Quoting Nonyongo (2002), Tait (2003) said the UNISA was not successful due to low success in terms of completion and throughput rates, the correspondence nature of programmes in comparison with well-functioning distance education, and inadequate learner support which is exacerbated by the lack of a co-ordinated regional network of learning centers. From here, Tait (2003) emphasizes the dangers of developing distance education without learner support.
In contrast to UNISA, Tait (2003) describes the Open University UK established in 1969 with modern distance education endowed with a range of teaching and learning media and forming an integrated student support system. The characteristics of the systems included a personal tutor for each student (one tutor for every 25 students), tutor feedback, computer-mediated tutorials, 260 study center networks, residential school experience at a minimum of one week, and career advice.
Tait (2003) then explains the main reasons for having student support integrated in an ODL system. First, the students want support. Second, drop-out rate can be reduced; and third, the nature of learning is such that the use of the Web has expanded the potential for learning outside or independently of teaching materials provided. He then summarizes the rationale for student support as being cognitive, affective, and systemic altogether. In other words, learning is both supported and developed; it relates to emotions supporting learning and its success; and the students themselves help manage the rules supporting their persistence (Tait, 2000).
In particular, Tait (2003) espouses Michael Moore's (1993) theory of transactional distance as a framework that may be used to understand student needs in a web-based learning environment. Accordingly, Moore believes that the space between the learner and the structure of teaching must be mediated by dialogue, giving the chance to the learner to participate actively in his learning. Tait (2003), however says, the theory needs to be challenged as all theories do by the application of new cases.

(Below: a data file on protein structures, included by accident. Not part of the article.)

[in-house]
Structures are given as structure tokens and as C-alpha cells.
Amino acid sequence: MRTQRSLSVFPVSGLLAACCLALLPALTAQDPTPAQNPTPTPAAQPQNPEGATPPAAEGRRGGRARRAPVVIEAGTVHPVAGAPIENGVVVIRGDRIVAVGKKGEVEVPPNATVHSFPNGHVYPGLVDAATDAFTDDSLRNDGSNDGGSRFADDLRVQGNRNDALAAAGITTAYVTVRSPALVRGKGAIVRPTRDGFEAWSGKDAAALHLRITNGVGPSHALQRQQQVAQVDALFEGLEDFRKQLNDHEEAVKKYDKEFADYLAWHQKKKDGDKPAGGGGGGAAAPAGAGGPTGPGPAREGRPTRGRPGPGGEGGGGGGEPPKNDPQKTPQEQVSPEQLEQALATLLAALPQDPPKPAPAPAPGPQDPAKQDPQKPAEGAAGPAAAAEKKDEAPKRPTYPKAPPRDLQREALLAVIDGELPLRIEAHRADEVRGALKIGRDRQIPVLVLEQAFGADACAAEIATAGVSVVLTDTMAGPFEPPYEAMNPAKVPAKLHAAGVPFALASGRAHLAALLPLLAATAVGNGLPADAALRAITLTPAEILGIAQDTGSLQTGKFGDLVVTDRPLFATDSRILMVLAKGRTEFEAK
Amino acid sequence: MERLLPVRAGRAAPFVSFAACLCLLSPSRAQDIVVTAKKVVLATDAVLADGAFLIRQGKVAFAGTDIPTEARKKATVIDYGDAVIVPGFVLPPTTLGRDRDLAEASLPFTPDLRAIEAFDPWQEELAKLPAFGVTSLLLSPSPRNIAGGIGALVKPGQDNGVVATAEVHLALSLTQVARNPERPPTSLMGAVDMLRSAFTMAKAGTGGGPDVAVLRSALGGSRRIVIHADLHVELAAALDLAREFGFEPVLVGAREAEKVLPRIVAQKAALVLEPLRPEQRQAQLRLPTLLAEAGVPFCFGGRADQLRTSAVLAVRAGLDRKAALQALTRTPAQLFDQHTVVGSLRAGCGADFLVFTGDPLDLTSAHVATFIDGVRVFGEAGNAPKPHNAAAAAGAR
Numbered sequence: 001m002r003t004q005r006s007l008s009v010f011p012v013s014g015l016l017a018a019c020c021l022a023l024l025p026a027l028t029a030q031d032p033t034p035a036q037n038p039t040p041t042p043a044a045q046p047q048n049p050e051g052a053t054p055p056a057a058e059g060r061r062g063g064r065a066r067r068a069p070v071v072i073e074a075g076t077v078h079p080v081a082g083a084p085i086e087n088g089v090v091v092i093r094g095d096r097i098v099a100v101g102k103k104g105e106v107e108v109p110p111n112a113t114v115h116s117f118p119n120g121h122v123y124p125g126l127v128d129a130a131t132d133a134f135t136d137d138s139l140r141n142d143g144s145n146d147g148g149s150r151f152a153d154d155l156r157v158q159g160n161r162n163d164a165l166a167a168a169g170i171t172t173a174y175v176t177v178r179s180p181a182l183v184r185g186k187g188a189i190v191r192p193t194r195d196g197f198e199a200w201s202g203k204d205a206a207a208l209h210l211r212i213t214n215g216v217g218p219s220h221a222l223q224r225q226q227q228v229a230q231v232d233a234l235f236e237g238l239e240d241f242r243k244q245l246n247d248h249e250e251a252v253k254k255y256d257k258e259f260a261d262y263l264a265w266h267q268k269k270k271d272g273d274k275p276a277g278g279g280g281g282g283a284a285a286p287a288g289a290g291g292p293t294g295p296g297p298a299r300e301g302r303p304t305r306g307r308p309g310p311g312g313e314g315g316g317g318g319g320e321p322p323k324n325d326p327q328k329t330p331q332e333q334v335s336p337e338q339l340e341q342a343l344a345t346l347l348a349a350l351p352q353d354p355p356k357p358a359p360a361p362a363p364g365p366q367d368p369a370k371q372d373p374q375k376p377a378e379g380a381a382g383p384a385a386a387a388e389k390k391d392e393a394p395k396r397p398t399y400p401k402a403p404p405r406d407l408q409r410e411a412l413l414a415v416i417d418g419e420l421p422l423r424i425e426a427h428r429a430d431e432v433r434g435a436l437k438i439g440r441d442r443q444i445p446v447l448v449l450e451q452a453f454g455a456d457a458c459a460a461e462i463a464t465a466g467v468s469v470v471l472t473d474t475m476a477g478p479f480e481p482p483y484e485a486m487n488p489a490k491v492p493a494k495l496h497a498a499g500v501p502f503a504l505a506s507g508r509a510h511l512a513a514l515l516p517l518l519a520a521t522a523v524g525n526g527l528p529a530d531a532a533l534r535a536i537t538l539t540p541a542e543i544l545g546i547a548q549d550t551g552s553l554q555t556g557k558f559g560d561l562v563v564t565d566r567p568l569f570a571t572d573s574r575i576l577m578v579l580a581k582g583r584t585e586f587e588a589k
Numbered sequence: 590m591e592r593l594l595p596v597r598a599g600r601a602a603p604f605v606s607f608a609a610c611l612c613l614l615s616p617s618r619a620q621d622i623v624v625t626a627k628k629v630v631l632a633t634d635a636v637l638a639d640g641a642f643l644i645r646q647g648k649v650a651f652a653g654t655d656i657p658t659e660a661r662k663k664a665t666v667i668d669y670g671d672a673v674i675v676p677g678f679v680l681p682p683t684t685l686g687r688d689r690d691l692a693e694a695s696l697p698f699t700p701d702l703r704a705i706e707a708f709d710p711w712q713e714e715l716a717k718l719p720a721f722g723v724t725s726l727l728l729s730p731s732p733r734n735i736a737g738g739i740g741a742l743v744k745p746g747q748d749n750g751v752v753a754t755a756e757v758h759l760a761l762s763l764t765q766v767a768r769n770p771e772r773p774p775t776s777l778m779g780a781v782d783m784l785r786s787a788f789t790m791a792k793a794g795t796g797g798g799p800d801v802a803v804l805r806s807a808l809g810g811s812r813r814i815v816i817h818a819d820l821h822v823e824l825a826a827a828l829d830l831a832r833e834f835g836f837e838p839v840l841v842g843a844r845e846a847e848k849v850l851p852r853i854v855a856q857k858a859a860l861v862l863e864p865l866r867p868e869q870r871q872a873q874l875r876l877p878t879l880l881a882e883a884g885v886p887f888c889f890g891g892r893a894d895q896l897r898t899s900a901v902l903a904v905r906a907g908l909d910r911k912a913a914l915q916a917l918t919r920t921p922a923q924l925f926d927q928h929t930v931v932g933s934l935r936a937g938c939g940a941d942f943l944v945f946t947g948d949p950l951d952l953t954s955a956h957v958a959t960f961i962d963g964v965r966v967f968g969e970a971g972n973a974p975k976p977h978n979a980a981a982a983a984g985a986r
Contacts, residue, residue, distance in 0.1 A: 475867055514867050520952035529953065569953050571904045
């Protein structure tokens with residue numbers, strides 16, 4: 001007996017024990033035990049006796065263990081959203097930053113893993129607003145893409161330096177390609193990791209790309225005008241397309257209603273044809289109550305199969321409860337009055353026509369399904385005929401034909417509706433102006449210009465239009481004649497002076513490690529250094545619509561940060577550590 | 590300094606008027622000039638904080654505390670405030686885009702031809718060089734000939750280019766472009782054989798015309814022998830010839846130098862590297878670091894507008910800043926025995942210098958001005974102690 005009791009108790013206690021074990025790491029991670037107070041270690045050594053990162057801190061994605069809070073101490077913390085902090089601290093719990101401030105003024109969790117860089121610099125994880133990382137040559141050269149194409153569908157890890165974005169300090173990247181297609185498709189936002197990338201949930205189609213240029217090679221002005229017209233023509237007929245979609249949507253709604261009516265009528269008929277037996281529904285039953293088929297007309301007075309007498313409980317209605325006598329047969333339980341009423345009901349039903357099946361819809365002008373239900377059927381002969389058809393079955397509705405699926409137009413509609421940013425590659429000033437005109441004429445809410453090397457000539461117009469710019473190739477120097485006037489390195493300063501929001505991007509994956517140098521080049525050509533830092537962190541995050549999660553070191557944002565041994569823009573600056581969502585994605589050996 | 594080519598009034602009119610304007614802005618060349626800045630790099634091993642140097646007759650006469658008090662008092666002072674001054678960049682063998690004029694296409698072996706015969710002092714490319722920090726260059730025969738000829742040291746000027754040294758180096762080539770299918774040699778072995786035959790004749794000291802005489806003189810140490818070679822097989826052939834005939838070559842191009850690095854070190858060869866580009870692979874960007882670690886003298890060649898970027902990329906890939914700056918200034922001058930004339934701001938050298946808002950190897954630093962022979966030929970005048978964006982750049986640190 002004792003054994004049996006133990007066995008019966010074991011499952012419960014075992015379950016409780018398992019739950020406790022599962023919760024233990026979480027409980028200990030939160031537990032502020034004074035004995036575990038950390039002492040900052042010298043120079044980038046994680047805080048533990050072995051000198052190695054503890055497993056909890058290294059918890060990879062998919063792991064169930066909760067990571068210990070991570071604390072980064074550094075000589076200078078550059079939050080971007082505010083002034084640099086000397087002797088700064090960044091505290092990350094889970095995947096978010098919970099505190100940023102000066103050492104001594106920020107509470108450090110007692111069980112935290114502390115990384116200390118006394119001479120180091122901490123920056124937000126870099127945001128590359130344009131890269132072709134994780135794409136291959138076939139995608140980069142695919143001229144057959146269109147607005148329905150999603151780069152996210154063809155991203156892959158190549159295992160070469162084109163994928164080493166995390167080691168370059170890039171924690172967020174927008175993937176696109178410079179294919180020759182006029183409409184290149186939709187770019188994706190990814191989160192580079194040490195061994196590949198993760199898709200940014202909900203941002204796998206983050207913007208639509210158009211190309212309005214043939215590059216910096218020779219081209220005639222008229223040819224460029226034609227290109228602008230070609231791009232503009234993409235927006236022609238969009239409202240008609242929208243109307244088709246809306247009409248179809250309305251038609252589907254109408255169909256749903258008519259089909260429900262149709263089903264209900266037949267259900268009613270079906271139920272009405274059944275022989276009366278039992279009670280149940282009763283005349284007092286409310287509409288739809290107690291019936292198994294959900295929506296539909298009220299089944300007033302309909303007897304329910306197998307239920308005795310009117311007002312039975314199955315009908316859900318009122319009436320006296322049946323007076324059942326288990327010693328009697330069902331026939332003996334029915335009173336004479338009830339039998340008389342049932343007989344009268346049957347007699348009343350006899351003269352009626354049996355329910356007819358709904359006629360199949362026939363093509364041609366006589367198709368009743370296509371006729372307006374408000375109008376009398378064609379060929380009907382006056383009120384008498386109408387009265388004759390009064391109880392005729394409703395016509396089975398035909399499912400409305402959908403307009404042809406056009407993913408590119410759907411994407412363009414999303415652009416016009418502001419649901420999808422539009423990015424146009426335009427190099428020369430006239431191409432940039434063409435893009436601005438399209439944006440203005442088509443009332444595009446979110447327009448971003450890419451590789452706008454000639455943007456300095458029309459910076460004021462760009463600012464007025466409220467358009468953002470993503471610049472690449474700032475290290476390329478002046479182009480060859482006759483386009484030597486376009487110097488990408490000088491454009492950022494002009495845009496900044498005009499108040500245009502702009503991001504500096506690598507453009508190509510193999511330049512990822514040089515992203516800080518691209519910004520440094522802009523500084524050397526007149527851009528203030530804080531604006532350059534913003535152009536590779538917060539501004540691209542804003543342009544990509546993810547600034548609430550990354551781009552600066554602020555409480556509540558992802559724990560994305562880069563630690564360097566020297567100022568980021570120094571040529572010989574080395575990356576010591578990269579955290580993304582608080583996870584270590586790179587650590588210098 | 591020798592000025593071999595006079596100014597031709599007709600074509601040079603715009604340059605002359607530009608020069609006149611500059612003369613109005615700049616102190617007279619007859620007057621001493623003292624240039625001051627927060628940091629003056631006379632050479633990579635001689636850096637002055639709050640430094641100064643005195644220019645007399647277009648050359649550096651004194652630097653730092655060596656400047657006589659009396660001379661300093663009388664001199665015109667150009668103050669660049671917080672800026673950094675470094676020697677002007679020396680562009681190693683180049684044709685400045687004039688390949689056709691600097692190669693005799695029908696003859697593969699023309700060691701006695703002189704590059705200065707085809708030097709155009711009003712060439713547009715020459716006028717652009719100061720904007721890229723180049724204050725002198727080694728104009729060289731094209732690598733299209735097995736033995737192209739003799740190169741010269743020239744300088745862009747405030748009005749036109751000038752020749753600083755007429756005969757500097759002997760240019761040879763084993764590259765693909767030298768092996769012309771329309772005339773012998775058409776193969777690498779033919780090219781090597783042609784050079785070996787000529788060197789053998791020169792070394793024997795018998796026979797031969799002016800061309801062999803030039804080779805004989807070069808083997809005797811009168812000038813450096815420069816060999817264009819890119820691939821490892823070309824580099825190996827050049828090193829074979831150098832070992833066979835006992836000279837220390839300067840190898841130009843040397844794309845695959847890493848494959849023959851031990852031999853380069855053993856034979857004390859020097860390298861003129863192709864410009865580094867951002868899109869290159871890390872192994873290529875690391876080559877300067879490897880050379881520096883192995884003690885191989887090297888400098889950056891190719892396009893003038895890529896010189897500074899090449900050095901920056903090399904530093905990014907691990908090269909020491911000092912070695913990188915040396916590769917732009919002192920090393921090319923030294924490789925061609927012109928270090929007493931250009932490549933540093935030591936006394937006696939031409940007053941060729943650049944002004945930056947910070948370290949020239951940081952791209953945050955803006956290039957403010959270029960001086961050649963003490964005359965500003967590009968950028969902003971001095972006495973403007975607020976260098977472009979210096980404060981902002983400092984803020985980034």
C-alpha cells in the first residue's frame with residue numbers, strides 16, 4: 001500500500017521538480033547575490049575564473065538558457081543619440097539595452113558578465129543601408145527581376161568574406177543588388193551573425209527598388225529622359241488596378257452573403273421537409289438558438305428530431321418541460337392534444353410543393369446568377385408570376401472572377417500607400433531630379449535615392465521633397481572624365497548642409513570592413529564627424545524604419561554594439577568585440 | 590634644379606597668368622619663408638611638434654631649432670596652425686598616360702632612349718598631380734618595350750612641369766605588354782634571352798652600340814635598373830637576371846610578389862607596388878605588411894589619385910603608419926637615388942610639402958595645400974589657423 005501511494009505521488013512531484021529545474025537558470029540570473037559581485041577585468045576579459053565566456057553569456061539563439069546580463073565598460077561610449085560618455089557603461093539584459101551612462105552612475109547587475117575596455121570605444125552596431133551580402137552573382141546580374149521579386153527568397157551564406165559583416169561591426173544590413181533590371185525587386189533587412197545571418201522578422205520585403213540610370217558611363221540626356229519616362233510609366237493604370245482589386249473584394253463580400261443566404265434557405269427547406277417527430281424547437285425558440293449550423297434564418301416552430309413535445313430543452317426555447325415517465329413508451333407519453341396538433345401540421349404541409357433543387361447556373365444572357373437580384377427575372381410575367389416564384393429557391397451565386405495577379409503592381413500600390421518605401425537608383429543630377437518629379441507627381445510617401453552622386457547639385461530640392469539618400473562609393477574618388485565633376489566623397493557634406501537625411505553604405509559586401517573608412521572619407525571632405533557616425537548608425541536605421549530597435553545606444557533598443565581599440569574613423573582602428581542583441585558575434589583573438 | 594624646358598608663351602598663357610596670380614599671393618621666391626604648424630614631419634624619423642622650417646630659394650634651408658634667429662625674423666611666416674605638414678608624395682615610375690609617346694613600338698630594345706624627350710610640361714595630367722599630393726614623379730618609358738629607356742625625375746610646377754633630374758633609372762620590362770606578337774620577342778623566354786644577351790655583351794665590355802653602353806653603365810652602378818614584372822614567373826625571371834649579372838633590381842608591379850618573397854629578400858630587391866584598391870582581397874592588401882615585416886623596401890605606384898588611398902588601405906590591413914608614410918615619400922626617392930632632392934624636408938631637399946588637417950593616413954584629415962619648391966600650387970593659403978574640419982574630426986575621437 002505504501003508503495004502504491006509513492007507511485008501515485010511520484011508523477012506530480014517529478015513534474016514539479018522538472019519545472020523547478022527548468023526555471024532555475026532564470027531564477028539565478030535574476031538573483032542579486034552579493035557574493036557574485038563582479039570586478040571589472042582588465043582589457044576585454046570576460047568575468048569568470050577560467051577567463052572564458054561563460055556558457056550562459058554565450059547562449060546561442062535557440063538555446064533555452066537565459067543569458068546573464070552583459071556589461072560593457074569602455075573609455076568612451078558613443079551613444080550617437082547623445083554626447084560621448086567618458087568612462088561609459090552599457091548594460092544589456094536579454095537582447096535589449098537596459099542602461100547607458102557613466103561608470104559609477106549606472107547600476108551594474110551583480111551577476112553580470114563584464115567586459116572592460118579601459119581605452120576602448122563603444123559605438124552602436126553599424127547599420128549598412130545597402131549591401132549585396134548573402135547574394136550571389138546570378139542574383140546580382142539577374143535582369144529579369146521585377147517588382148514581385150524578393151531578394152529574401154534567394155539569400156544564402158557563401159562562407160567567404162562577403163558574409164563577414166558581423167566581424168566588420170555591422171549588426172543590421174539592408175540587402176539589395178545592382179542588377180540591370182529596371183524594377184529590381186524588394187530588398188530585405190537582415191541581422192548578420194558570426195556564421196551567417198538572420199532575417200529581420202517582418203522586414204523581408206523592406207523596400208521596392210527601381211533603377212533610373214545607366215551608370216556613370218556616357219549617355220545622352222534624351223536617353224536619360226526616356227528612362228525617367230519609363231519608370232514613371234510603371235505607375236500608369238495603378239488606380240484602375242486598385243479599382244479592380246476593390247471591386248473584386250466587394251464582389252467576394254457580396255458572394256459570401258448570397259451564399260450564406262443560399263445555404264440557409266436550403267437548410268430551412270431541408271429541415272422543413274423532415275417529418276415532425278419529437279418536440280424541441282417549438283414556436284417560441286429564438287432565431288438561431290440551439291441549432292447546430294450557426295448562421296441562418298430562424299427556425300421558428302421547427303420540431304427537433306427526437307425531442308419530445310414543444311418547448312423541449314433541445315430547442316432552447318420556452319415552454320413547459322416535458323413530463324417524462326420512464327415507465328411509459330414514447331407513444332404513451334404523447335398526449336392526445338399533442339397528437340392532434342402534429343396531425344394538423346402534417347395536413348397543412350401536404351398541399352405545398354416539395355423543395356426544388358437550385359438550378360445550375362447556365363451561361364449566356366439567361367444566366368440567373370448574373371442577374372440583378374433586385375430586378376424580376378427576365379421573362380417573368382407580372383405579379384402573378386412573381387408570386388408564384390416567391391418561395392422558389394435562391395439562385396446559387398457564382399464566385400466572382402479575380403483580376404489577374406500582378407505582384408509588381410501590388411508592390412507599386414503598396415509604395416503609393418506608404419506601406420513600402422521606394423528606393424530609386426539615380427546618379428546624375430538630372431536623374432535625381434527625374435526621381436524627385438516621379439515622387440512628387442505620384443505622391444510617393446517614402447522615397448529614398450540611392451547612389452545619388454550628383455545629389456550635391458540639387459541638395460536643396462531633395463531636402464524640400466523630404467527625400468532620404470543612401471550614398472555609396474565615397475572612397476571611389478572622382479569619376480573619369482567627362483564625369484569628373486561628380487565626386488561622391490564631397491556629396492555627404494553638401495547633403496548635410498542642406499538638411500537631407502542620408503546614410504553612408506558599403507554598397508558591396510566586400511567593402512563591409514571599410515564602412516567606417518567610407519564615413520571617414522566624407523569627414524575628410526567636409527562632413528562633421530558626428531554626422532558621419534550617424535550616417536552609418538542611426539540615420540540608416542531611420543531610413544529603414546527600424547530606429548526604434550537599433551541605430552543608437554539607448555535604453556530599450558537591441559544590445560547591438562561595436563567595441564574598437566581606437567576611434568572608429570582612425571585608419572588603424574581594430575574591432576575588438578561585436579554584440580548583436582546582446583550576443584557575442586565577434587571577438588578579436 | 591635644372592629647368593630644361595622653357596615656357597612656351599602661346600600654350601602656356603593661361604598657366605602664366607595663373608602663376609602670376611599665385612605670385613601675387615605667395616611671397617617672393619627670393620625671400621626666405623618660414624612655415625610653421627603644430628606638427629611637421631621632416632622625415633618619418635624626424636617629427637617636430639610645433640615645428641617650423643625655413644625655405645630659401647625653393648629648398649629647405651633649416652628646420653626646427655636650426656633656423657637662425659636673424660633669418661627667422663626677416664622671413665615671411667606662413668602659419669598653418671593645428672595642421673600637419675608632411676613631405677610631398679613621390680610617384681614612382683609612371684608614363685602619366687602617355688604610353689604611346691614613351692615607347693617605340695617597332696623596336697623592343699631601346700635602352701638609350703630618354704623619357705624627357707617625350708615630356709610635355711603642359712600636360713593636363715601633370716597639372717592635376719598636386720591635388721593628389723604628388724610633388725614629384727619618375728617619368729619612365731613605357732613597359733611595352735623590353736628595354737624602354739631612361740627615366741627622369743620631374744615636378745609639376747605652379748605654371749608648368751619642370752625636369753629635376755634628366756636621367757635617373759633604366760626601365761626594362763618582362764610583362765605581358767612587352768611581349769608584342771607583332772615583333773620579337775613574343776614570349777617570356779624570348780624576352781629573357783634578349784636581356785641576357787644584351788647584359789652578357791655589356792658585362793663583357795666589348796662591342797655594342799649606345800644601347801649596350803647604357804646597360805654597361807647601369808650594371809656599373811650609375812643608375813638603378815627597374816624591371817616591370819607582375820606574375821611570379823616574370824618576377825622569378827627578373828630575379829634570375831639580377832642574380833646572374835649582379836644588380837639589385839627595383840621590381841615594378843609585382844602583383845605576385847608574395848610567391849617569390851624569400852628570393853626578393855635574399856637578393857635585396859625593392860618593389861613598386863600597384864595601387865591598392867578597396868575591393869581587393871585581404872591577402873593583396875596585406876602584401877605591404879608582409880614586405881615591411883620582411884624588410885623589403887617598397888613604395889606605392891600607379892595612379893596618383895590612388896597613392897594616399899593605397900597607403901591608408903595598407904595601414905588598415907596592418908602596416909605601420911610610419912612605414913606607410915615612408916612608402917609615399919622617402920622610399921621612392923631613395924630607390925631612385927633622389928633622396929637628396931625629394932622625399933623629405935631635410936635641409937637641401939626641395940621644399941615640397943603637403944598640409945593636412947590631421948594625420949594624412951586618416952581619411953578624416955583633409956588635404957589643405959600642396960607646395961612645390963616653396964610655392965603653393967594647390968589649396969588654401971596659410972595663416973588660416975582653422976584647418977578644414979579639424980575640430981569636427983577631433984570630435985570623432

As the article opened up, I get the feeling that Tait (2003) is plugging for the Open University of UK because he worked there as faculty. As the article progressed, however, he presented many points valid from experience, and he became more credible. Words like, "power of mere asynchronous text to create and sustain interpersonal engagement" is true to the experience of many in this cyber-age. This now highlights the truism that face-to-face interaction may also suffer from various "distance" like psychological, interpersonal, cultural, linguistic, environmental, and the like.
Tait (2003) is well-versed with his topic on student support in web-based learning environments. Prior to this writing, he had already written scholarly publications on student support and distance learning from 1996 to 2000 to 2002. By the time he wrote this reflective item, Tait (2003) had already sharpened his arguments over much. In fact, although he was espousing Moore's (1993) theory of transactional distance, he was laying it down for examination and possible criticism. It appears that Tait (2003) is ready for new developments. I would rate the article a 4 because of his readiness